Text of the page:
NARROW TO A PAIR
When it comes to making lasting memories, the way you plan your trip is more important than how much you spend on it
Like an all-you- can- eat breakfast buffet, holiday options can be too much of a good thing. Do you take an ocean cruise? A trek through the mountains? A food tour in Singapore? Research has shown that when the human mind encounters too many options, it shuts down. Psychologist Barry Schwartz calls it the paradox of choice. Some choice is better than none, he says, but it doesn’t hold that more is always better than less. So before making the final decision on where to go, narrow down your choices to just two. You’ll forget all the others and feel confident that you picked the best one.
THINK FAR, FAR AHEAD
A week-long trip is actually composed of three things, according to behav ioura l economi s t Dan Ariely: months of anticipat ion, the trip itself and the nostalgia you experience for years afterwards. To maximise your enjoyment, you should cater to all three stages. Airfare is cheapest approximately five months before a domestic flight, according to Skyscanner’s website, so it’s wise to hold off on finalising plans until then. But you can still browse hotels or take virtual roller-coaster rides on YouTube months before that. One 2010 Dutch study found that people were happier before a trip than they were after they returned. That’s because anticipat ion is a powerful thing – it’s essentially the same reason you’re happier on Friday than on Sunday.
LONGER TRIPS AREN’T BETTER
Behavioural economist Daniel Kahneman argues that we’re made up of two selves: our experiencing self and our remembering self. The experiencing self lives in the moment. The remembering self lives in the past. Our remembering self has a hard time telling a one-week holiday from a two-week one because, as
Kahneman says, “There are no new memories added. You have not changed the story.” From the perspective of the remembering self, short and long holidays are effectively equal. If you are looking to save some money, shorter is the way to go.
EXPLORE FIRST, SAVOUR SECOND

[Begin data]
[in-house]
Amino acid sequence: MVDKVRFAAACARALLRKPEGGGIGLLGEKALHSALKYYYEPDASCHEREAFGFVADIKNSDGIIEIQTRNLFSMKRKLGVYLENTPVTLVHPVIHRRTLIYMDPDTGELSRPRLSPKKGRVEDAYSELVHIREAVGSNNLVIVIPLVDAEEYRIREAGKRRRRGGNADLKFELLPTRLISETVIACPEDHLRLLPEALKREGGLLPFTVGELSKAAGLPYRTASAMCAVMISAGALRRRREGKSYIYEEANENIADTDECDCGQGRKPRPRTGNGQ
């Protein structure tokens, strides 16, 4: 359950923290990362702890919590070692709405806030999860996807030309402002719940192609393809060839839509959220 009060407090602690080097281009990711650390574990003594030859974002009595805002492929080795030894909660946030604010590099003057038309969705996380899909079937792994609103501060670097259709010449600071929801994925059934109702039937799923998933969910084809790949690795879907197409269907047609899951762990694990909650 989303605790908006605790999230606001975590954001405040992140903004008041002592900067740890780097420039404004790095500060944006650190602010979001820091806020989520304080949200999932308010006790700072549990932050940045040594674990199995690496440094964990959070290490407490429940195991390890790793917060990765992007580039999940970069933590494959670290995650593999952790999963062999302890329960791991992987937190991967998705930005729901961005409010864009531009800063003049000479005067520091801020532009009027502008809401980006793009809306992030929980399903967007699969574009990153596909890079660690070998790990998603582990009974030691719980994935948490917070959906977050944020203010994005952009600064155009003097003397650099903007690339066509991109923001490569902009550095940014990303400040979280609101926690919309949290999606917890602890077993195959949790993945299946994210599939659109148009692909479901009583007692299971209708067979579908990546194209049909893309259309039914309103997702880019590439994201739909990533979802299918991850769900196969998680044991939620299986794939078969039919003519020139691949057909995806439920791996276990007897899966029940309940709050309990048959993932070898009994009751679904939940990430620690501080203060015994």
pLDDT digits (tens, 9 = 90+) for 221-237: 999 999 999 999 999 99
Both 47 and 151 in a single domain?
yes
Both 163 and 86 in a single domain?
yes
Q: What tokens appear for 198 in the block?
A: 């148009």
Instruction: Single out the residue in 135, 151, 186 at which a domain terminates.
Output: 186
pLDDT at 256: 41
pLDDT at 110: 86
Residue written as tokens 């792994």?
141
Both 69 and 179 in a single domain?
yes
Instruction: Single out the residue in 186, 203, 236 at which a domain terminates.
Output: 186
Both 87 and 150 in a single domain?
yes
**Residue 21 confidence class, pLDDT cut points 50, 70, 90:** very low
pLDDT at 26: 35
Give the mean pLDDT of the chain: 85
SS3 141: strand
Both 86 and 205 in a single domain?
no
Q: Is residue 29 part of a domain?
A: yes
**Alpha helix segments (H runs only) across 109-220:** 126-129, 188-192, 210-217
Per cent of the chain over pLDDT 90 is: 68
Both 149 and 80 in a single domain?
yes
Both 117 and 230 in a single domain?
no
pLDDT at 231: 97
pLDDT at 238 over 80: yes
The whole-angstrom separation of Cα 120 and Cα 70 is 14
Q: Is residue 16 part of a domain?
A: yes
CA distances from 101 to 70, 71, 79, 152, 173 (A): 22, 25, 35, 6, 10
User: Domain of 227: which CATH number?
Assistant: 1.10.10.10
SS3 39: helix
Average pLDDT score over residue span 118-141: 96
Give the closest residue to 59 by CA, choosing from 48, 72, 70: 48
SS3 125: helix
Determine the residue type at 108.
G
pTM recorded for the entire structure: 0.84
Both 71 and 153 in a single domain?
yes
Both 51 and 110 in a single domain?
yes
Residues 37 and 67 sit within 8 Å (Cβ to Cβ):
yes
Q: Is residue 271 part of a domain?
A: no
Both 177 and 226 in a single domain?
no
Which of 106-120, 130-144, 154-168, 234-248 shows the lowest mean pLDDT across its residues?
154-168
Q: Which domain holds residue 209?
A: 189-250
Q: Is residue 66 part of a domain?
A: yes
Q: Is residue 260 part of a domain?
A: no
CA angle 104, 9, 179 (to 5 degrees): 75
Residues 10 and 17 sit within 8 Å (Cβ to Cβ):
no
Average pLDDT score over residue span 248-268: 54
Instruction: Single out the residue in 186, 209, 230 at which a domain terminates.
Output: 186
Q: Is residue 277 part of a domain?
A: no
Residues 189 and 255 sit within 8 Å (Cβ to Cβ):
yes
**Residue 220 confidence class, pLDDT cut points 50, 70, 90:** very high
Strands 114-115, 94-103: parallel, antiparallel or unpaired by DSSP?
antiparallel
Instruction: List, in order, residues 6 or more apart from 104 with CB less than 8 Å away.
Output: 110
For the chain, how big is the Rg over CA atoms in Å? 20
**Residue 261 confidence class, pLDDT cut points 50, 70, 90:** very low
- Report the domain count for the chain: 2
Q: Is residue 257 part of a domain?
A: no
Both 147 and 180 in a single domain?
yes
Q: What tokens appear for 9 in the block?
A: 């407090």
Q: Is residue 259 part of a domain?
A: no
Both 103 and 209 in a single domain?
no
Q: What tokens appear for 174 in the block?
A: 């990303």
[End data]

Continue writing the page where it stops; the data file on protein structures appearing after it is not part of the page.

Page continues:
Brian Christian, a computer scientist and the co-author of Algorithms to Live By, says probability can help us decide when to try new things and when to stick with the familiar. It’s called the explore/exploit trade-off (exploit here is a computing term that basical ly means ‘savour’). “One should generally be more exploratory at the start of a holiday … and more ‘exploitative’ at the end,” he explains. This is because your chances of finding a place or an experience that you like better than the ones you’ve already tried reduce as time passes. Everything is new on day one, so embrace that. By day seven, you’ll have the highest odds of enjoying yourself if you revisit a favourite spot from earlier in the trip. There’s one exception ...
SAVE ONE GREAT THING FOR LAST
Another finding from Kahneman is the so-called peak-end rule: people remember the peak and end of an event best. If you were given a list of names, for instance, you’d probably remember the most unique names and the names that appeared at the end of the list. Holidays work the same way. If you can, schedule the river cruise or big winery tour towards the middle of the trip, since you’ll remember it as a ‘peak’. Then make sure you’ve saved something equally as amazing for the end.
REMINISCE A LOT
If a cycling trip got you fired up, tell everyone about it after you get back. Research on happiness suggests that people can preserve how they feel about an experience by talking about it. A 2015 study even found that people reported greater happiness levels when they talked about their exper iences rather than their mater ial purchases. It’s a suref ire way to keep the joys of a holiday alive in the months after you return home.
When it comes to creating great memories, a short trip is just as good as a long one